Today’s report (week ended 7 Sep): EIA: +69 bcf, EA: +69 bcf
- Today’s print, which was slightly higher than consensus estimates, was driven by a 0.6 bcf/d w/w decline in industrial demand due to the holiday effect from Labor Day.
Next Thursday’s report (week ending 14 Sep): EA preliminary: +84 bcf
- Yet another weekly high in US gas output colours our prediction for next Thursday’s print.
Two steps forward, one step back
After hitting weekly production records in every week since late July, Appalachia receipts stagnated somewhat at the start of September. Receipts of 29.5 bcf/d in the region were up by just 0.1 bcf/d w/w in the current week, after the week ending 7 September saw regional receipts fall by 0.1 bcf/d w/w. Maintenance has been a culprit in stemming the previous gains. Leach XPress conducted pigging operations near the Lone Oak compressor station in Ohio from 5–12 September, dropping the pipe’s output from 1.1 bcf/d to an average of 0.8 bcf/d during that span. Elsewhere in Appalachia, an ETP gathering pipeline exploded in Beaver County, PA, early on 10 September, causing a force majeure. Flows to ETP’s connected Rover Pipeline fell by 0.2 bcf/d d/d to 2.7 bcf/d because of the accident.
Even with this recent stagnation, Appalachia output of 29.4 bcf/d so far in September is still up by 0.6 bcf/d m/m and 5.0 bcf/d y/y, as recent infrastructure additions mark two steps forward to push past the recent one step back. The m/m gains stem in part from the 1 September start of flows on Rover’s newly authorised Burgettstown and Majorsville laterals. Flows on the entirety of Rover jumped from 2.3 bcf/d to 2.9 bcf/d as service kicked in on the laterals. Rover could see more uplift before the end of the month after requesting FERC’s permission to place the final outstanding laterals, Sherwood and CGT, into service on 31 August. ETP asked for a response by 15 September with regards to authorisation for the duo but has yet to receive one.
While Appalachia infrastructure beyond Rover is frustrating immediate production gains, there is a strong likelihood of significant capacity additions by the heating season’s start. Atlantic Sunrise has announced an expected in-service date before end-September. Its original request for a 10 September start-up was mooted, as heavy rains in Pennsylvania early in the month hampered mechanical completion of the pipe. Transco pushed the in-service date for the pipe to 17 September. While the only work left on Atlantic Sunrise is tie-ins and backfilling on a small section of the pipe in Lancaster County, PA, potential flood impacts from Hurricane Florence could cause further delays. Meanwhile, Enbridge filed its tariffs for the 1.5 bcf/d NEXUS pipeline on 4 September for a 1 October start-up. Over 98% of the 254-mile pipeline has been lowered into place, with just 10% of backfilling left to be finished before the end of the month.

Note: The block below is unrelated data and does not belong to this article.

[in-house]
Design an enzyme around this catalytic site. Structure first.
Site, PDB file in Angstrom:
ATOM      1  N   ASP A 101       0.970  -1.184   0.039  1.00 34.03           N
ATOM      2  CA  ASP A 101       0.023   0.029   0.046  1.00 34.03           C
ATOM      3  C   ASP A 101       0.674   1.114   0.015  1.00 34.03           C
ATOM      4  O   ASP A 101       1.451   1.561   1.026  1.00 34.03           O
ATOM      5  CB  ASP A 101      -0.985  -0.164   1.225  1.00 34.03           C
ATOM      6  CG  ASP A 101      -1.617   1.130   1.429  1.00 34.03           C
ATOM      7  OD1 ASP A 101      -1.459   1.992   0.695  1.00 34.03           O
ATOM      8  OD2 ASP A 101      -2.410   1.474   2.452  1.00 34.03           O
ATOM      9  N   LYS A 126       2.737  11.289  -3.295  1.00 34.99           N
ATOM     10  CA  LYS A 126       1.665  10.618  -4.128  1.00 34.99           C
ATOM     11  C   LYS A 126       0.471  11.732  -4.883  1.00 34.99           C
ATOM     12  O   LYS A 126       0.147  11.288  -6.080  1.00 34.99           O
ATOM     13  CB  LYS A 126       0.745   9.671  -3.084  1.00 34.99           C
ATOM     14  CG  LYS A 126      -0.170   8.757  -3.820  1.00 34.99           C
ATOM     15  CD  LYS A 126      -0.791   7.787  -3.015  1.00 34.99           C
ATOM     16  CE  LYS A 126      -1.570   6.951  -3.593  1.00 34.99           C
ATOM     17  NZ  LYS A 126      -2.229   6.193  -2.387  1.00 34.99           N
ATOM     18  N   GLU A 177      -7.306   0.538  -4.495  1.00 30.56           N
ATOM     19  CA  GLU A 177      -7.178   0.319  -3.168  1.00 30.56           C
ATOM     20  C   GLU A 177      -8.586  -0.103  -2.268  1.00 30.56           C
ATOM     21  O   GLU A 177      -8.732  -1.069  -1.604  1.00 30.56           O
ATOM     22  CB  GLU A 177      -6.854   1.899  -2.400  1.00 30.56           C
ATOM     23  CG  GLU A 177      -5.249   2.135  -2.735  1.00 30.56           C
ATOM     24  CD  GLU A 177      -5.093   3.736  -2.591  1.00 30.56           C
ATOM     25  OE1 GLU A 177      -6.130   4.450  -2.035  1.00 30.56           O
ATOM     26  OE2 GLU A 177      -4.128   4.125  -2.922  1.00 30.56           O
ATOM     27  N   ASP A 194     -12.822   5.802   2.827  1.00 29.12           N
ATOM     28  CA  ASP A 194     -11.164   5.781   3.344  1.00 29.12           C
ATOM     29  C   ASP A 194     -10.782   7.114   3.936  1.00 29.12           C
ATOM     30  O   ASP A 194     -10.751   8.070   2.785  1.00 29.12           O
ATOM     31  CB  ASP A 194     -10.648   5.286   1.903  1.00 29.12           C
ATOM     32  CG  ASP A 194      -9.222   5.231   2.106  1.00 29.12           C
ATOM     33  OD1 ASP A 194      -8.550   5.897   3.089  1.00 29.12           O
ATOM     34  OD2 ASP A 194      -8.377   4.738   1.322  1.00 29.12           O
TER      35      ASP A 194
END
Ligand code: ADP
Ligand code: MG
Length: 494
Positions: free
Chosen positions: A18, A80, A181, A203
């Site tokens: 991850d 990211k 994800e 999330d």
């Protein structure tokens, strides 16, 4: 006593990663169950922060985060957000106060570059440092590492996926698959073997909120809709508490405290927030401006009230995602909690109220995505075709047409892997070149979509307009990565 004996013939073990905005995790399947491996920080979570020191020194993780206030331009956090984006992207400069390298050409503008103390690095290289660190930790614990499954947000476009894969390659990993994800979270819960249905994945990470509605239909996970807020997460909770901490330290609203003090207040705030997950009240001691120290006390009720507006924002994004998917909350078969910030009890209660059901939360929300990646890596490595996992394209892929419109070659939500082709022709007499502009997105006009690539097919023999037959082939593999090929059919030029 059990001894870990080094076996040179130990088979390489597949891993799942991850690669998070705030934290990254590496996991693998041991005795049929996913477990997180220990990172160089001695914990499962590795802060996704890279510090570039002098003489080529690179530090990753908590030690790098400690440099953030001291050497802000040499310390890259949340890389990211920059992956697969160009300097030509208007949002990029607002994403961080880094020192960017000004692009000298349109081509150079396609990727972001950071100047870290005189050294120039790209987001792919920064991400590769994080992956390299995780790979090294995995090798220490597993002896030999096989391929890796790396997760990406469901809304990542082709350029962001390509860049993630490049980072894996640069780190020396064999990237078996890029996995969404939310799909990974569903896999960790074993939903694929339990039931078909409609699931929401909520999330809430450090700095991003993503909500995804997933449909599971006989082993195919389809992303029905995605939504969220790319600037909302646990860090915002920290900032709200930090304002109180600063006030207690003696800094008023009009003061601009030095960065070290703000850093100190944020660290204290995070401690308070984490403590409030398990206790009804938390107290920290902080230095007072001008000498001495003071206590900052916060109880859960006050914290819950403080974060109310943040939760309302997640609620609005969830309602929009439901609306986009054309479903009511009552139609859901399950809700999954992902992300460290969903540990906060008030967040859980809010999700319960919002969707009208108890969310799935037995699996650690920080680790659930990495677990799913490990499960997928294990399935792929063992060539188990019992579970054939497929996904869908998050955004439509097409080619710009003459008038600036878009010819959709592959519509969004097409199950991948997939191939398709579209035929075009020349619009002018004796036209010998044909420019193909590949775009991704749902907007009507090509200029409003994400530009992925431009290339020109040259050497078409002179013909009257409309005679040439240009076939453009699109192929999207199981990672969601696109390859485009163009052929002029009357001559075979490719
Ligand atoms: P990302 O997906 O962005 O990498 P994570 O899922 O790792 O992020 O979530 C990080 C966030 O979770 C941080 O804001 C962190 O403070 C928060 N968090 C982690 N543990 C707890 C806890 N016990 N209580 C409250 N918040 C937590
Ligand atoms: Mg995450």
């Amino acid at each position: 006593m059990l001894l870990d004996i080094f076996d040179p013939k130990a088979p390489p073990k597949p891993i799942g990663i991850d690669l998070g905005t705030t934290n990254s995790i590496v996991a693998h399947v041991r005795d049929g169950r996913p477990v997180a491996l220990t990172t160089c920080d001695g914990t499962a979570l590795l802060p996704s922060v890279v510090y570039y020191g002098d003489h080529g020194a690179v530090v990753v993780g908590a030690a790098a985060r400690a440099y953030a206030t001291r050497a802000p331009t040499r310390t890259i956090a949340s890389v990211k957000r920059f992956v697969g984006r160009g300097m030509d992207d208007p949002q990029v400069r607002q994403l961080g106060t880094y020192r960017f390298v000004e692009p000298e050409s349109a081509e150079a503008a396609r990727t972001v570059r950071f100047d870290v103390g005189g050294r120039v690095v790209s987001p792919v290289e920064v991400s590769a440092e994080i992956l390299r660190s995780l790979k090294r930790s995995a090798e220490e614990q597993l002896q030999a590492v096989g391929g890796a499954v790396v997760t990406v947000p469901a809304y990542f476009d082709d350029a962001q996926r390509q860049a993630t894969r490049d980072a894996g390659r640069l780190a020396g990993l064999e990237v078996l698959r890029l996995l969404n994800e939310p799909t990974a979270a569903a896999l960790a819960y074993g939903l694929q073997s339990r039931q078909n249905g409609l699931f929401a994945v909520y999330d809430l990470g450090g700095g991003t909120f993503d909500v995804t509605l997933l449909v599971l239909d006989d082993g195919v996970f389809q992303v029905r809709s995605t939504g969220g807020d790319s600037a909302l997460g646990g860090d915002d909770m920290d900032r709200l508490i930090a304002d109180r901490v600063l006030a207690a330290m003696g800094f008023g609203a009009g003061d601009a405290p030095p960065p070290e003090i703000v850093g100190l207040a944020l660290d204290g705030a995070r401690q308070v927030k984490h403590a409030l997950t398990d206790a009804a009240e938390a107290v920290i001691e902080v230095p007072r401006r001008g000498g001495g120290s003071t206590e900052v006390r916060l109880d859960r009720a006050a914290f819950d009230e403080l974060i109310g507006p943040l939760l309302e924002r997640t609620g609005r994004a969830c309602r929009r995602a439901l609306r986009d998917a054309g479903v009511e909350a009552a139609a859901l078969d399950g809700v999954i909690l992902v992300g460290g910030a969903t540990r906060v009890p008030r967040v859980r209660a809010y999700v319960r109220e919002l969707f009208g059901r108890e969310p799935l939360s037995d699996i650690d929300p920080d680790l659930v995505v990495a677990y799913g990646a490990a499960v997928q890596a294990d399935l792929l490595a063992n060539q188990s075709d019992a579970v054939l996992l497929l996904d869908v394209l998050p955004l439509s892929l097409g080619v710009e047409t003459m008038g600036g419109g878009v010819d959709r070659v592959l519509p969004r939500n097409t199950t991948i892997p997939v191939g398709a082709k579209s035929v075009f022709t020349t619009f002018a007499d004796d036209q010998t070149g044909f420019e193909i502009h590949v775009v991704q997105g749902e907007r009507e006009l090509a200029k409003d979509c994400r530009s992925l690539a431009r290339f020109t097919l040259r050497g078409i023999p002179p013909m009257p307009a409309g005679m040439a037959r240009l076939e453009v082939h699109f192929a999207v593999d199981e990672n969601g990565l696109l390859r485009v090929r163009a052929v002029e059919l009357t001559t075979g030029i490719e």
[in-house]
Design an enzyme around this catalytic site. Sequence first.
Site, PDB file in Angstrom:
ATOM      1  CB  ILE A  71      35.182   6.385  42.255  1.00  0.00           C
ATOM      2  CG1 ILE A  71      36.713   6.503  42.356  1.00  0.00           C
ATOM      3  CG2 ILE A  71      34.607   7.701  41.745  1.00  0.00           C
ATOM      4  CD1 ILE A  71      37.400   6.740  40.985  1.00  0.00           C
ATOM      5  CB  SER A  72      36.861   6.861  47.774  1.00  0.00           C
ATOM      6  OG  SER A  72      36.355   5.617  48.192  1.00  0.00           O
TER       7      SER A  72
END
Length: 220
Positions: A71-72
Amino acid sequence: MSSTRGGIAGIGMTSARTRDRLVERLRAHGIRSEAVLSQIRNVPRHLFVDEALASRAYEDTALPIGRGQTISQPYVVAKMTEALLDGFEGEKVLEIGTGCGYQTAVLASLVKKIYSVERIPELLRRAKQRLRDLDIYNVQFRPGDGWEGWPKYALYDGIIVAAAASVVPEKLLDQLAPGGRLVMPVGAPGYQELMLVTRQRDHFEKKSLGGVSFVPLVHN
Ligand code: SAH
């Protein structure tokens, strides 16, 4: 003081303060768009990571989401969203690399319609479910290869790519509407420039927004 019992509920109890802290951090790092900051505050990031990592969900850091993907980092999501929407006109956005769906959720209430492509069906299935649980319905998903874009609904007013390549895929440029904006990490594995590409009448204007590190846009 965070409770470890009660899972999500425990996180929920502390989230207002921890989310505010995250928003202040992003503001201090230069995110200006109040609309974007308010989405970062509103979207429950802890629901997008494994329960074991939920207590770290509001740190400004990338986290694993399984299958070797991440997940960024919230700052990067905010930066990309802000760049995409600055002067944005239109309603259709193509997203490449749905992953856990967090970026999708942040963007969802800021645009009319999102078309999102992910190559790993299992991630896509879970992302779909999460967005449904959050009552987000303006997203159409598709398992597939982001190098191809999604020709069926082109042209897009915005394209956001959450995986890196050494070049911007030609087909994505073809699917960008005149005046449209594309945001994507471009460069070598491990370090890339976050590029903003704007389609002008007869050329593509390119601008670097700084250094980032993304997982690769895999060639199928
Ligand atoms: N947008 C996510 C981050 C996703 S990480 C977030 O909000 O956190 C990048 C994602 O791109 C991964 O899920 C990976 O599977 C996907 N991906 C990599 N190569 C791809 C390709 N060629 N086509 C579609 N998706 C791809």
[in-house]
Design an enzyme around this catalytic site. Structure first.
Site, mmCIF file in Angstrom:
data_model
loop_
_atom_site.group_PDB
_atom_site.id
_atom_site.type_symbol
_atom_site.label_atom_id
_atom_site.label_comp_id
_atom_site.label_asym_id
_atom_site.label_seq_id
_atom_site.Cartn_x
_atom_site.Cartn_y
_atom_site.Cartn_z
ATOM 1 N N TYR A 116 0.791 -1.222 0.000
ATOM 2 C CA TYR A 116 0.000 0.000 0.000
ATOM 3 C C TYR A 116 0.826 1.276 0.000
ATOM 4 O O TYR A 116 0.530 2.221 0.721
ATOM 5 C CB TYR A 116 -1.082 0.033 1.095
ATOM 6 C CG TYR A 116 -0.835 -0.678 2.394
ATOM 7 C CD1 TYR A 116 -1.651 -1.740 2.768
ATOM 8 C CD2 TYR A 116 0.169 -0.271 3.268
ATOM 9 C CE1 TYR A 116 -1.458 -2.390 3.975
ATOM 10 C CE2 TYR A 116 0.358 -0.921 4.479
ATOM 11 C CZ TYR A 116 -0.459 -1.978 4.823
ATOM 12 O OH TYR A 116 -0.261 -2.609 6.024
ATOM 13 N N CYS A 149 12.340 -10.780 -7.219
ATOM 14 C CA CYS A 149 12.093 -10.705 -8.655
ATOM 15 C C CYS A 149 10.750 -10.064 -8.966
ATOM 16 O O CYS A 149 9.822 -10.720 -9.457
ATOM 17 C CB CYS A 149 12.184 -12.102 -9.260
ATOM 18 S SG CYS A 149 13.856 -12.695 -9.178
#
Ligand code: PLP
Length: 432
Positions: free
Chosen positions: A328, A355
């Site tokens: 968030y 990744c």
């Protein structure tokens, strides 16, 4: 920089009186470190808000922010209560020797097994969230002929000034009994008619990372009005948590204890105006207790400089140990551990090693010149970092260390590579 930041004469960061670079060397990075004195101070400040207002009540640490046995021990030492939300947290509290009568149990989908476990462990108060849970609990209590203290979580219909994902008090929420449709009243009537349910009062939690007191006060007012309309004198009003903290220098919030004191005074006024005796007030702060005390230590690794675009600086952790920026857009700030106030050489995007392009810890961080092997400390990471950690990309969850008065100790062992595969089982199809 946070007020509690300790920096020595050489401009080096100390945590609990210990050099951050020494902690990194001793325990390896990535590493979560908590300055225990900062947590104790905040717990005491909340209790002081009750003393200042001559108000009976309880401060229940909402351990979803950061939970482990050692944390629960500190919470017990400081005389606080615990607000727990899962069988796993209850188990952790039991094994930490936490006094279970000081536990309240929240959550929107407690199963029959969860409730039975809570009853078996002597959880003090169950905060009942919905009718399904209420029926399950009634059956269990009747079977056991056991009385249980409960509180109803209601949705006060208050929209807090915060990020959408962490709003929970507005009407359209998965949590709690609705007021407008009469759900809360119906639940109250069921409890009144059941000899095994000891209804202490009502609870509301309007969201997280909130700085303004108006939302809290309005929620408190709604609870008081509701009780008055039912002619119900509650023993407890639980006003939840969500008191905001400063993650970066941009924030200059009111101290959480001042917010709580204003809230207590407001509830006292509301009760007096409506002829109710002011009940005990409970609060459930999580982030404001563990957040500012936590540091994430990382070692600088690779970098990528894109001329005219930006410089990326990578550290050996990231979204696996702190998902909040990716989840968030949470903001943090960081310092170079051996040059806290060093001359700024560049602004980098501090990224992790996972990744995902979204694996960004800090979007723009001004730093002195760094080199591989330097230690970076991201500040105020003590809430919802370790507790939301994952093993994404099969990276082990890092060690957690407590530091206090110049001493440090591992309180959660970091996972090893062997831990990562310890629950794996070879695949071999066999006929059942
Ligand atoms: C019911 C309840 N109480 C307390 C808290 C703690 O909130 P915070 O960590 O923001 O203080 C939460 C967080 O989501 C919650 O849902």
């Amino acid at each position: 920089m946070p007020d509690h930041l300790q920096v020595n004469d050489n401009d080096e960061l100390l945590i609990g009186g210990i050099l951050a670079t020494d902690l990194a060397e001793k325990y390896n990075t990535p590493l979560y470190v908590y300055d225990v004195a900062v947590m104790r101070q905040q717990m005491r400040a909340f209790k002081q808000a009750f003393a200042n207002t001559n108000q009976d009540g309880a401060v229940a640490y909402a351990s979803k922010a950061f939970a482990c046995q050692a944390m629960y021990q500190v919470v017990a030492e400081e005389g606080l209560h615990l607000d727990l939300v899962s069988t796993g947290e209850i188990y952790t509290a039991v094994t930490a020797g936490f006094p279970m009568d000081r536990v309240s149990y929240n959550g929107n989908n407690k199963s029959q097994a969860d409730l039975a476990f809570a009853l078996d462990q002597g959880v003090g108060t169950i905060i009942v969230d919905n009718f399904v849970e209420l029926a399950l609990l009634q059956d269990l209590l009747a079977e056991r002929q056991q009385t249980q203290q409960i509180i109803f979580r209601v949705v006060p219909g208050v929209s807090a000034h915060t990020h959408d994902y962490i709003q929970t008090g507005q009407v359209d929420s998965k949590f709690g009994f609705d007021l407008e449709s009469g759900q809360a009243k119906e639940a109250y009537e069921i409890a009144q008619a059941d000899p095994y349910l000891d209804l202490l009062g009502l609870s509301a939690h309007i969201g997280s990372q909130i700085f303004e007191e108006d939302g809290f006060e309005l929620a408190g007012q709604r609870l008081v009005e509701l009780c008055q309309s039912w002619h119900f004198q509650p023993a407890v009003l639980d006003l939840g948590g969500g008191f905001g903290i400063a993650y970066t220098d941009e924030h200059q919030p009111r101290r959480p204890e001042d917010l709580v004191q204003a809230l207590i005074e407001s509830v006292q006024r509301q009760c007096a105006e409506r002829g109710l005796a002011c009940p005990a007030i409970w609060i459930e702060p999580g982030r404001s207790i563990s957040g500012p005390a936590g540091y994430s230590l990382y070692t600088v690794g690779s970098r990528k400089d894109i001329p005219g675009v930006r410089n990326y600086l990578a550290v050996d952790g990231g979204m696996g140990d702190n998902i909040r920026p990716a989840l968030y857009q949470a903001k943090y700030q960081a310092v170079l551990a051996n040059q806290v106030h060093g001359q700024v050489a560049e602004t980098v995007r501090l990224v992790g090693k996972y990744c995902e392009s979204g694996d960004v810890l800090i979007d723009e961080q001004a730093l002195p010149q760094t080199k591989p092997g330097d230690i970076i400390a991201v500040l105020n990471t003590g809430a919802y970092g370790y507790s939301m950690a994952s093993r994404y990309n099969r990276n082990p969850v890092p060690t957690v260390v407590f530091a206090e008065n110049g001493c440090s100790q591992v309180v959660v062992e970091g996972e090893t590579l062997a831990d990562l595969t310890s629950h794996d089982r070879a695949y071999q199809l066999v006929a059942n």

Henry Hub prices have dropped because of expectations of a deluge of Appalachia supply in the coming weeks. Heating season future prices for Henry Hub have fallen by 11 cents to an average of $2.92/mmbtu between 3 September—just before the NEXUS tariff announcement—and today (13 September). Indeed, there are no future contracts currently trading above $3.00/mmbtu. Basis expectations at Dominion South are also shifting due to the new supply, though the change has been bullish in 2018. The five-year average for Dom South basis for July and August was a discount of $1.20/mmbtu. Those same summer months this year only saw a $0.40/mmbtu discount from the index. This trend of less volatile seasonal basis swings in the Northeast points to the lack of infrastructure constraints benefitting regional producers.
Not all regional indices are seeing support from the infrastructure boom, as Eastern Canadian prices are experiencing devaluation on the promise of new flows. Flows from Rover to the connected Vector Pipeline—which terminates at the Dawn storage hub in Ontario—have risen by 0.2 bcf/d to 1.0 bcf/d since 1 September, when the pipe’s new laterals came online. NEXUS will likely serve as an additional conduit for gas deliverability to Dawn given its own Vector interconnect. While Dawn basis prices for the upcoming winter are supported by the expectation for strong heating demand in Canada, September has seen a dramatic fall in Dawn cash prices. After averaging a 10-cent premium to Henry Hub in August, Dawn cash basis has fallen to just a three-cent premium so far in September, and it is currently trading at a discount (of one cent) for the first time since mid-July.
The march upward in storage injections is looming. The potential for Hurricane Florence to destroy demand will plump inventories more than initially expected, but our balances still point to an end-September carryout just below 3.0 tcf. A direct hit by Florence on the Carolinas could cut power demand by as much as 25%, or 7-8GW for a week, compared to normal mid-September usage, based on similar conditions seen in Florida a year ago as Irma made landfall as a Category 3 storm. The temporary demand loss would be offset by lower nuclear output from the region's reactors, though only Brunswick is close to the coast, indicating a net gas demand loss of 1-2 bcf/d. While cash prices for today still traded hands in the low $2.90s/mmbtu, the steady creep in production and looming demand losses are making another run up in futures outside of the current range unlikely.
|Fig 1: Leach XPress flows, bcf/d||Fig 2: Henry Hub winter prices, $/mmbtu|
|Source: Ventyx, Energy Aspects||Source: ICE, Energy Aspects|